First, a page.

Dance, Dares and Drama

 Do you ever wonder how something as trivial and mundane as movement affects people? It is through dance. My mother put me in my first dance class, a Mommy and Me movement class, when I was three years old, and I haven’t stopped dancing since. In my internship with Aubin Pictures, my background of dance drew me towards their newest documentary, Born to Fly. I thought I was familiar with almost all styles of dance, but I had never heard of “POPACTION” – the movement technique invented by Elizabeth Streb.

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Dance has always been a form of expression and release for me, as well as a form of exercise. Letting loose; getting lost in music; and allowing myself to open up and let my mind and body work without any constraints gives me an irresistible sense of freedom. There is no pressure, no judgment, no competition. There is only movement and artistry. Dance is unique in that the art comes from the moment of creation, not the final product. The piece is temporary but the impact can last a lifetime. The power that dance brings to artists is through their explorations of movement, constantly finding new ways to move and depict a story or even emote their feelings. The grace and beauty of the performer’s expressive movements affects the audience. I know I am moved by watching someone I have never met share a part of him or herself without even speaking. That is the beautiful thing about dance, it quietly teaches so much.

Elizabeth Streb takes this power of dance and makes it her own, focusing on strength, action, and acrobatics. The film Born to Fly depicts the suspense and exhilaration of the STREB dancers. Streb has them experiment with movement and gravity in hopes of experiencing her dream of flying. When I was watching this film, I found myself tensing up while watching some of the stunts they were performing; from running through and jumping over a human sized hamster wheel-like contraption to dodging concrete bricks on a pendulum to jumping through glass barriers. These dancers must undergo such physical extremes to gain the strength and endurance needed to rehearse and perfect Streb’s choreography. With POPACTION, I find it interesting how the dancers don’t try to cover the raw action and controversial danger of what they are doing. Breaking the traditions of dance, Streb’s performances allow the audience to hear the dancers’ heavy breathing and grunting. The audience can hear the bodies dropping to the ground, and they can see the hard work in the dancers’ faces.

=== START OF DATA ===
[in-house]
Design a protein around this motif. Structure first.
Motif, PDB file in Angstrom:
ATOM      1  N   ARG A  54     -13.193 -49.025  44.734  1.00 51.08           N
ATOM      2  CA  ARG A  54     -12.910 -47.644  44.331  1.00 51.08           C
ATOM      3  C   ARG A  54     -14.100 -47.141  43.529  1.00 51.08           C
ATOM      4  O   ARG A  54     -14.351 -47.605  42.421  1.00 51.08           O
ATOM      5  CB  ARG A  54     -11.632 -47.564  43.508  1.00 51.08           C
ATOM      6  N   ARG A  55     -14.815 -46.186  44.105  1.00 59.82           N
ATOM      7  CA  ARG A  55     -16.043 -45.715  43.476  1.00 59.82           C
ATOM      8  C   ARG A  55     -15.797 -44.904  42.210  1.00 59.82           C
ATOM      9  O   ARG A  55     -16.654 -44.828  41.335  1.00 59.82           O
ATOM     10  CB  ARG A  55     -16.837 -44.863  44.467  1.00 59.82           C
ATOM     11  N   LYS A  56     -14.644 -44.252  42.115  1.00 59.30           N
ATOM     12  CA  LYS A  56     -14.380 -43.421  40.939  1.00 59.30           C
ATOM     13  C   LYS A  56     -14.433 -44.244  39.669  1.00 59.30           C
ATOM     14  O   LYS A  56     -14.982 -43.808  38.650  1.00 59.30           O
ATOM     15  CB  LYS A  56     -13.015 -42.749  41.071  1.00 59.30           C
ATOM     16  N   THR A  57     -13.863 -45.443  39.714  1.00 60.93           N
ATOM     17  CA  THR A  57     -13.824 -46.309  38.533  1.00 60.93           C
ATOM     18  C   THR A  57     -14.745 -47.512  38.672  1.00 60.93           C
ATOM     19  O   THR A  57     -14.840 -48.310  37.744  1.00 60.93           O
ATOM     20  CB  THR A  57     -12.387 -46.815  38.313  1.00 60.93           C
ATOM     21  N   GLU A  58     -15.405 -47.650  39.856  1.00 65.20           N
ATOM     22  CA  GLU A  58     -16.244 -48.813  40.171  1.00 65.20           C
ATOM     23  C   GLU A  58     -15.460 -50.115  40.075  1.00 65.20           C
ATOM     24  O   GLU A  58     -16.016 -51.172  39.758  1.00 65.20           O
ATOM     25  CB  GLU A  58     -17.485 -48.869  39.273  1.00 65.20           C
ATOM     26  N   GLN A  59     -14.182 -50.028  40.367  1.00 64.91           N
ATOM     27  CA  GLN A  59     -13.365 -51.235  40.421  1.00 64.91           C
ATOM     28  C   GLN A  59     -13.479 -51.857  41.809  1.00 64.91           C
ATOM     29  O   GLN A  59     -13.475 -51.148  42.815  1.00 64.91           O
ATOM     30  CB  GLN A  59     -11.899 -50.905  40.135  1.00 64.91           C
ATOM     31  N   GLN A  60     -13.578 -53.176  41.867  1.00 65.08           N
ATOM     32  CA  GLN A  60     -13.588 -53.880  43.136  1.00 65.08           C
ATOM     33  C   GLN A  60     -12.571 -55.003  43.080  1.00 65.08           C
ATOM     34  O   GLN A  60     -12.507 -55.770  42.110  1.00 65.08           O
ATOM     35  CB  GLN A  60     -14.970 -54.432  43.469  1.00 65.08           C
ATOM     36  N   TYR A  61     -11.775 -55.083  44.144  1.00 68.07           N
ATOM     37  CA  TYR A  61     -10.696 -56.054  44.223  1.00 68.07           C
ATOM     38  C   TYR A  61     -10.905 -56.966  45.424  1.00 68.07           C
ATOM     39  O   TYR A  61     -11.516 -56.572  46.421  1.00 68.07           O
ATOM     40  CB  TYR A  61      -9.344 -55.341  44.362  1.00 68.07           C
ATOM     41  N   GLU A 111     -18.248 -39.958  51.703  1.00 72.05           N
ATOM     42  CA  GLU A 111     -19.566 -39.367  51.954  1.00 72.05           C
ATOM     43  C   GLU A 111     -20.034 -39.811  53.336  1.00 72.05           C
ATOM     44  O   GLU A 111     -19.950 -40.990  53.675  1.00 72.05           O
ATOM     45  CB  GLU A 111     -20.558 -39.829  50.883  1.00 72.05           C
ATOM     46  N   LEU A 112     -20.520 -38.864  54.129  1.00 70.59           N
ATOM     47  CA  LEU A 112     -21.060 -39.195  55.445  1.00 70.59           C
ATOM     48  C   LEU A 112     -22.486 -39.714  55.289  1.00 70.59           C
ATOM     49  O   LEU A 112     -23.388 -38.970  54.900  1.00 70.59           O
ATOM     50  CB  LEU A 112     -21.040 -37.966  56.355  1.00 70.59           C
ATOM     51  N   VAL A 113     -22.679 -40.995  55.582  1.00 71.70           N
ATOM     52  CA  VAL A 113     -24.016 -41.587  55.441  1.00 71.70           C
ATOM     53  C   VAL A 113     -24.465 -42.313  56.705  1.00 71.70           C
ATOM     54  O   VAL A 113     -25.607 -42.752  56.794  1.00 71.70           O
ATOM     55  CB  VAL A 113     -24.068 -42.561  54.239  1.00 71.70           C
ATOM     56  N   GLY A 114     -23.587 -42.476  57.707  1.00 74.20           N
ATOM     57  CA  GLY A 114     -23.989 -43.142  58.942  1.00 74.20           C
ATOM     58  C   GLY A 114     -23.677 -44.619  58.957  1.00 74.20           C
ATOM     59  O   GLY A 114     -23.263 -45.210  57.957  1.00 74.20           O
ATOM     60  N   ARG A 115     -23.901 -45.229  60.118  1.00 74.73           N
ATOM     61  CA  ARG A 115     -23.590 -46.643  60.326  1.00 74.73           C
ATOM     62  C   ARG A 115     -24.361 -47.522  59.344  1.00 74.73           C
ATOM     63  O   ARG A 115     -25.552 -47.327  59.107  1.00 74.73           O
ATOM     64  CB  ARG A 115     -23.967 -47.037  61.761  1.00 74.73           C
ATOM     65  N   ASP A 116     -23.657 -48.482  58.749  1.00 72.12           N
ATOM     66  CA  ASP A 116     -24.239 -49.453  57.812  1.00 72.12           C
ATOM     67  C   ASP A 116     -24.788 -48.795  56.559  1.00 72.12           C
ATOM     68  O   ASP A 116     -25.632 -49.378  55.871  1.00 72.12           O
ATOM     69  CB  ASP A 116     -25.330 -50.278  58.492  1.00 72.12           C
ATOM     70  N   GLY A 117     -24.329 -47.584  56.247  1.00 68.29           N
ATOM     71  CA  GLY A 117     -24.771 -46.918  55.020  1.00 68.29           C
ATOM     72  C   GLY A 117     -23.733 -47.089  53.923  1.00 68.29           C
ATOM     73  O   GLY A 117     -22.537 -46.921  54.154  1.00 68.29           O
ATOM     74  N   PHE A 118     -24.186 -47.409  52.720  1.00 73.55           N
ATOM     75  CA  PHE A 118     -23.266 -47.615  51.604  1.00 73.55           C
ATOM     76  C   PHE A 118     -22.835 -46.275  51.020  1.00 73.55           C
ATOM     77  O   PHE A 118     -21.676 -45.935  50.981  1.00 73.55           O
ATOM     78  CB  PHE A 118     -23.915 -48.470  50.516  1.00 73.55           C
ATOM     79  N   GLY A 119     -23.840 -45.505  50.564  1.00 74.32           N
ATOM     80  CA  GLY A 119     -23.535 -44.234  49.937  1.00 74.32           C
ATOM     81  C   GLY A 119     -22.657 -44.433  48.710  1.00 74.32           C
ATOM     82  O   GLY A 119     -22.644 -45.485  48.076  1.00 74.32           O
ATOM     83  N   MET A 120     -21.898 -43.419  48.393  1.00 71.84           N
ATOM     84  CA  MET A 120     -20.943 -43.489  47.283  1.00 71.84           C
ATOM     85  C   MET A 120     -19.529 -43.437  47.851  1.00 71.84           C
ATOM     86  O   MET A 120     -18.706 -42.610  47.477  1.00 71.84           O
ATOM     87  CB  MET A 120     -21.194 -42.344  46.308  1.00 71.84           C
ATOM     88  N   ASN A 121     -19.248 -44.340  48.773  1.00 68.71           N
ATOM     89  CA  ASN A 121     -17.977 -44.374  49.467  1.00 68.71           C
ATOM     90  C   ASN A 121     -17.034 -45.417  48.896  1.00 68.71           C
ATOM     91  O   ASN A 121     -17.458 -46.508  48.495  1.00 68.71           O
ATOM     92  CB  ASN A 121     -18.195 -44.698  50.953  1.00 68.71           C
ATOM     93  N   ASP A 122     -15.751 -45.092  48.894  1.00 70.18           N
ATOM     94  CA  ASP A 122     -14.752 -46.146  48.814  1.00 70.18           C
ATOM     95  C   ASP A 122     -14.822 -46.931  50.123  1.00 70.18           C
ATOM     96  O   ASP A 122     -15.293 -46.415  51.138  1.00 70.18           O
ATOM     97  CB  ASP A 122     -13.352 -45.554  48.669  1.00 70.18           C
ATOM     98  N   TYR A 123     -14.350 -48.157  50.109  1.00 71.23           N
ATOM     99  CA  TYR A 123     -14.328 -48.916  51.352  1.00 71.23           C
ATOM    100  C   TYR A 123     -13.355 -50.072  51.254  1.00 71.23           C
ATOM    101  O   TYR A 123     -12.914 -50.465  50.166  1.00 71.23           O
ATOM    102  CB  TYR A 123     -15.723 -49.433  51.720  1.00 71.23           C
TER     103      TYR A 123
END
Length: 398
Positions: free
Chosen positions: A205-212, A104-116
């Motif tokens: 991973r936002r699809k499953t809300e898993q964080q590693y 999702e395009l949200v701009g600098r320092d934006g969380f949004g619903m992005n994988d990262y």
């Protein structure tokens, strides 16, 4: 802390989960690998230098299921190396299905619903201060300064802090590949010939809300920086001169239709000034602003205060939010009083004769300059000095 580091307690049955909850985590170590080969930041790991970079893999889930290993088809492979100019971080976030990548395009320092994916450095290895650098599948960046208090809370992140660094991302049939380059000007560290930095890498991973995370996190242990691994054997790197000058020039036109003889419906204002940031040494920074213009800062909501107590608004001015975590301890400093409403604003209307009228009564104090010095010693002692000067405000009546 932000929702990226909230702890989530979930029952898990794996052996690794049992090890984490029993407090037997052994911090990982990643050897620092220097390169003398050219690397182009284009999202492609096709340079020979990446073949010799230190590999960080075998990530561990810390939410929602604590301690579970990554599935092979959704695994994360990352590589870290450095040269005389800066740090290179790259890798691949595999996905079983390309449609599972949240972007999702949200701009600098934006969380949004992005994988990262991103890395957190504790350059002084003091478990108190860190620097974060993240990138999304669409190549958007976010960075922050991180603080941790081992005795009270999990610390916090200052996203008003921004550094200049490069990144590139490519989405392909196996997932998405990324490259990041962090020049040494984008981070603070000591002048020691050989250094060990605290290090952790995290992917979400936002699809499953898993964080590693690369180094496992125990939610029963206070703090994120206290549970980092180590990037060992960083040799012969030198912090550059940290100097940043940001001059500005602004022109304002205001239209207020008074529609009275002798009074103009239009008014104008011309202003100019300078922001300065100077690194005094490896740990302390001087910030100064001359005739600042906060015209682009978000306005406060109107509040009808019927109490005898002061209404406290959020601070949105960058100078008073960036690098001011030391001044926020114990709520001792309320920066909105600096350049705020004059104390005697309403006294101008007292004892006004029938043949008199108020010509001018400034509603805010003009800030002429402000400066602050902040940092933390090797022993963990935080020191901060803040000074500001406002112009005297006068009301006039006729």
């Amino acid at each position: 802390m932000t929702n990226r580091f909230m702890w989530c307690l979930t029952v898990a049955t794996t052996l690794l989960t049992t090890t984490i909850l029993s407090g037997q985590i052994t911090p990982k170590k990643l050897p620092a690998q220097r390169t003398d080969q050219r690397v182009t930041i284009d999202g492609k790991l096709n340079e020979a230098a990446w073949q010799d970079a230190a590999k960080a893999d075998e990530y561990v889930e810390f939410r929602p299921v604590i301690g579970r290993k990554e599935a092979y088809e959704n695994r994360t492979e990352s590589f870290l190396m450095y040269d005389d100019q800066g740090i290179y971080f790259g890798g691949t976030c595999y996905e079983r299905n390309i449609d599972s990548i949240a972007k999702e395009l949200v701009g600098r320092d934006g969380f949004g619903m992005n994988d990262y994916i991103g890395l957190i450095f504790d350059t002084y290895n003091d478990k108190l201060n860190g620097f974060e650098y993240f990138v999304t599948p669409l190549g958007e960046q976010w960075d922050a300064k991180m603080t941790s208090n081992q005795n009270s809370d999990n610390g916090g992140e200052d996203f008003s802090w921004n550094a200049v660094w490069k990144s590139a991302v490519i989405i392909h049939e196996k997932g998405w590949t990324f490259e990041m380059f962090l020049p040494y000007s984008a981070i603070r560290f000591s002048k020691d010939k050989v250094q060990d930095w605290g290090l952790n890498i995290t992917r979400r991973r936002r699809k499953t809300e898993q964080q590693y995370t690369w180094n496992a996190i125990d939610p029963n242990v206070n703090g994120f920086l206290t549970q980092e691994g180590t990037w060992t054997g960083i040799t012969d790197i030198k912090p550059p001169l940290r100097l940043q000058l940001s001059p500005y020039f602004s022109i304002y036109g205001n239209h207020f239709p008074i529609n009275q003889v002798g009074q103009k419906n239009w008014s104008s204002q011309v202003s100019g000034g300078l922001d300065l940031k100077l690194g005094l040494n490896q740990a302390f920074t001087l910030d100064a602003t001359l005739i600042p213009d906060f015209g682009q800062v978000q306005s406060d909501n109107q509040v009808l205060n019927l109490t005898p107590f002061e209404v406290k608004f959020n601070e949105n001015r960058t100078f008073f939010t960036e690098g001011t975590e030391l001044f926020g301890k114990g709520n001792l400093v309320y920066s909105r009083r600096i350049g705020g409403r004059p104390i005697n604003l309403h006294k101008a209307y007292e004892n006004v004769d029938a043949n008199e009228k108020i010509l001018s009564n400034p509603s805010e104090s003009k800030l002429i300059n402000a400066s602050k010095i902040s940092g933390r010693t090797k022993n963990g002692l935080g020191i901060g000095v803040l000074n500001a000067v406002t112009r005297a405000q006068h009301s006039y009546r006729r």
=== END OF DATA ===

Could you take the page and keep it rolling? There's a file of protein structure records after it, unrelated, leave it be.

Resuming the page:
Traditionally for dancers, making insanely difficult tricks look effortless is part of the job. For example, when watching ballerinas dance in pointe shoes, on top of their toes, it looks graceful and airy. However, these movements are very painful, taking up hours and hours everyday to practice to grow used to the pain. Both Streb’s dancers and traditional ones go through such intense training, from dietary needs, to multiple doctors, to hours of exercise and rehearsal every day, to bandaging and icing and heating and massaging their overused and hurt bodies. The amazing thing about dance is that after all of this, these dancers get on stage for just a few minutes and have the power to bring people to tears. These men and women have such incredible strength and focus yet they move with such artistry.

 Streb not only resists masking the pain her dancers endure she also works with her dancers to invent new forms and territories of movement. In her various notebooks she is constantly discovering, pushing the boundaries between art, physics and action. Her dancers climbing and dancing on the wires of the London Eye, during the “One Extraordinary Day” performance, create a sense of freedom for the dancers themselves and a beautiful image for those on the ground to keep. Just like when Philippe Petit strung a tightrope between the twin towers and danced across it on August 7, 1974, these people are putting themselves where no one has gone before. I find that the ephemeral sense of this art adds to its beauty. The lightness and grace of the dances in the sky is heavily contrasted by both the shows Streb puts on in New York City and the physical training she puts her dancers through. Her dancers are flying through the air, freefalling, hitting the ground, spinning at different angles and heights, and distributing their weight amongst themselves to create various shapes in and around her customized machinery. This is what Streb’s dancers love, and they give up a lot for it.